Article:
However, different publications are also reporting different levels of severity for the ban: The Times of London expects the shoe the be outlawed while The Guardian suggests World Athletics’ focus may be on modifications to the shoes.
While the current version available to the public - the Vaporfly Next% - would still be acceptable, the yet to be released pair that Eliud Kipchoge wore during his record-breaking marathon run would not. According to the Guardian, a decision is expected by the end of the month.
The science behind the shoe is simple: Nike found that the Vaporfly 4% used four per cent less energy during runs because they used a carbon-fibre plate packed in foam. Every time a runner hit the pavement, the material used captured more energy and helped spring the runner into their next stride.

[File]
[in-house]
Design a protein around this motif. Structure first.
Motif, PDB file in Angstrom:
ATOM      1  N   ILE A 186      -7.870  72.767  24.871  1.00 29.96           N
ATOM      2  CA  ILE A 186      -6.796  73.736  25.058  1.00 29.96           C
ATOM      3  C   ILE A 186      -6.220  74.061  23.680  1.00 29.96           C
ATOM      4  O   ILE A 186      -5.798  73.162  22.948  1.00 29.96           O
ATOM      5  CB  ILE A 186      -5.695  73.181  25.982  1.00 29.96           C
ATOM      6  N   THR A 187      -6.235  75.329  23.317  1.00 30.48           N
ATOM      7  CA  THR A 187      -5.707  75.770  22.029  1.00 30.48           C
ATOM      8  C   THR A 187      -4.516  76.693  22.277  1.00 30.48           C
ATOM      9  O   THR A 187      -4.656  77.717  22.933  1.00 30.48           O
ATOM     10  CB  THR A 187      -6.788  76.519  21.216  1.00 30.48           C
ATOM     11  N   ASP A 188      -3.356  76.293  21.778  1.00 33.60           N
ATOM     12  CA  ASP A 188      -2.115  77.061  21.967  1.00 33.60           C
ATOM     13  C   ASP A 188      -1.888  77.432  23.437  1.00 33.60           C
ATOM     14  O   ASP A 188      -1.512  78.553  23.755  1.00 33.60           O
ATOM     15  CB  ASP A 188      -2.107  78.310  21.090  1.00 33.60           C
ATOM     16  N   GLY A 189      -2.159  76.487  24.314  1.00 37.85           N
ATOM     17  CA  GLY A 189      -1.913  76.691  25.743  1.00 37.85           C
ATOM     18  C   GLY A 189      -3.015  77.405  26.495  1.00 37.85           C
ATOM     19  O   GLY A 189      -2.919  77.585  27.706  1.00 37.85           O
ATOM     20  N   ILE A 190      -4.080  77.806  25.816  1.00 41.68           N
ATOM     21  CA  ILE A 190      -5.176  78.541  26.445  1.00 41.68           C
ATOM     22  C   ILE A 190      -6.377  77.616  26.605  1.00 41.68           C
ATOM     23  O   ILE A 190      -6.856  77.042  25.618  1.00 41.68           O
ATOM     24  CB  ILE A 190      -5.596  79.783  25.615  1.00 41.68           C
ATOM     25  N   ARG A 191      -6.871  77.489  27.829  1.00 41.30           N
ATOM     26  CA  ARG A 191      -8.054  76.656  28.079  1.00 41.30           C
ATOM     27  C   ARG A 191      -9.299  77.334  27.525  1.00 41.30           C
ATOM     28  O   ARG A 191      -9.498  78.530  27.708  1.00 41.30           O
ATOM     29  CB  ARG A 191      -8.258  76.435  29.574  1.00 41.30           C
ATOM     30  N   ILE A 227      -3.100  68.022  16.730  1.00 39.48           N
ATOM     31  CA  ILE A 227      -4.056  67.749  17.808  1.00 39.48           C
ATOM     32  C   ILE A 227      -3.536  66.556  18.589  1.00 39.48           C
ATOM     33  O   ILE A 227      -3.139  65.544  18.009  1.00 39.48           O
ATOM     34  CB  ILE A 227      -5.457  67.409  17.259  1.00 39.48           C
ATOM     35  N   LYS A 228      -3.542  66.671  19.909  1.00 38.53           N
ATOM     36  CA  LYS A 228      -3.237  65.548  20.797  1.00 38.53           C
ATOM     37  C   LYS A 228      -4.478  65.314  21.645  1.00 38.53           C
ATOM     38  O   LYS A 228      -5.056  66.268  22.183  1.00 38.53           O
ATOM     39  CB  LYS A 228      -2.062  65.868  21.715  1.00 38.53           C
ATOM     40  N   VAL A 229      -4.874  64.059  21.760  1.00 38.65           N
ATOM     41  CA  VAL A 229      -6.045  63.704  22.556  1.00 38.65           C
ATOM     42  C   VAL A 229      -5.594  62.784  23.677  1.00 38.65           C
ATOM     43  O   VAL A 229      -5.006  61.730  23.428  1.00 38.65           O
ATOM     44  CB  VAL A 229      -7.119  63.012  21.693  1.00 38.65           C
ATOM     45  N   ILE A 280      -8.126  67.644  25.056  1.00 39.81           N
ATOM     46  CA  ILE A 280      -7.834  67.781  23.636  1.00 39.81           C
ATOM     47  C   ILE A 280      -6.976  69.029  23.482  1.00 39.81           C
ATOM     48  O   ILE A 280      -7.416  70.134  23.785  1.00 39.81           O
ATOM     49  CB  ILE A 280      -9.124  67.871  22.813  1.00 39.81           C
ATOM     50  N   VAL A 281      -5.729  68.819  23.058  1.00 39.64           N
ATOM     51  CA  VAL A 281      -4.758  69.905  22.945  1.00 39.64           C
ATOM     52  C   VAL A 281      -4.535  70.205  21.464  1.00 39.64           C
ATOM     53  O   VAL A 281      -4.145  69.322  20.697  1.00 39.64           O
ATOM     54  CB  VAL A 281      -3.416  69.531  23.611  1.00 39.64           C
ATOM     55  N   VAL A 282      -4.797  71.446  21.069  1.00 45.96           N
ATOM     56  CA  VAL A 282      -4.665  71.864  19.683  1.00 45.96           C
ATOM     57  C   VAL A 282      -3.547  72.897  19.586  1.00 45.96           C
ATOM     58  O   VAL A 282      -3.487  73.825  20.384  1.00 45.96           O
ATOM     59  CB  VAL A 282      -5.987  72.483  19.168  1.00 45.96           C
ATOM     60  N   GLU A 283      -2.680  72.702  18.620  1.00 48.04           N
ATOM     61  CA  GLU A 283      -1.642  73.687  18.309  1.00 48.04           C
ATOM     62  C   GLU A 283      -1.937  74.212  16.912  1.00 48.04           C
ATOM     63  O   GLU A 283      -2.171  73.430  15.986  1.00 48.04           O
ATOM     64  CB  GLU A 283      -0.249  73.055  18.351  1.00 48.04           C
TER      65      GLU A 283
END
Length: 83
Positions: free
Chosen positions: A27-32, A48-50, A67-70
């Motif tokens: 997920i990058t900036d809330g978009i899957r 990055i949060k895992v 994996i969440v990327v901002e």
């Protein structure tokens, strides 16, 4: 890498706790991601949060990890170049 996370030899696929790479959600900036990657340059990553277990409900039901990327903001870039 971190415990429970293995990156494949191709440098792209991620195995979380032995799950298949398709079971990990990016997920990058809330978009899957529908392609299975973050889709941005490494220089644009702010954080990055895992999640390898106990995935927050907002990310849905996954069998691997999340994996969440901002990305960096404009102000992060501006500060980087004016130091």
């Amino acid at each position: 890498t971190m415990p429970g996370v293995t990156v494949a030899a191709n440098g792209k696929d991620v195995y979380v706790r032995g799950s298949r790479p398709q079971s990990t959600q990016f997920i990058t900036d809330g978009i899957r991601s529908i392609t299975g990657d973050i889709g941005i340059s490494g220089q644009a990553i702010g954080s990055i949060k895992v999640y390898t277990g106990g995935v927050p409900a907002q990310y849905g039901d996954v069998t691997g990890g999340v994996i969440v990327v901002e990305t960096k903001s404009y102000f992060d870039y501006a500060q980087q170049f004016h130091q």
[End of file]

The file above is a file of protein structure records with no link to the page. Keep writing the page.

In 2010, the full body swimsuit was banned for professional swimmers after FINA, the world governing body of swimming, found the gear to reduce fatigue while increasing buoyancy and speed. Over 40 records were broken in the 2008 summer world championship in Rome.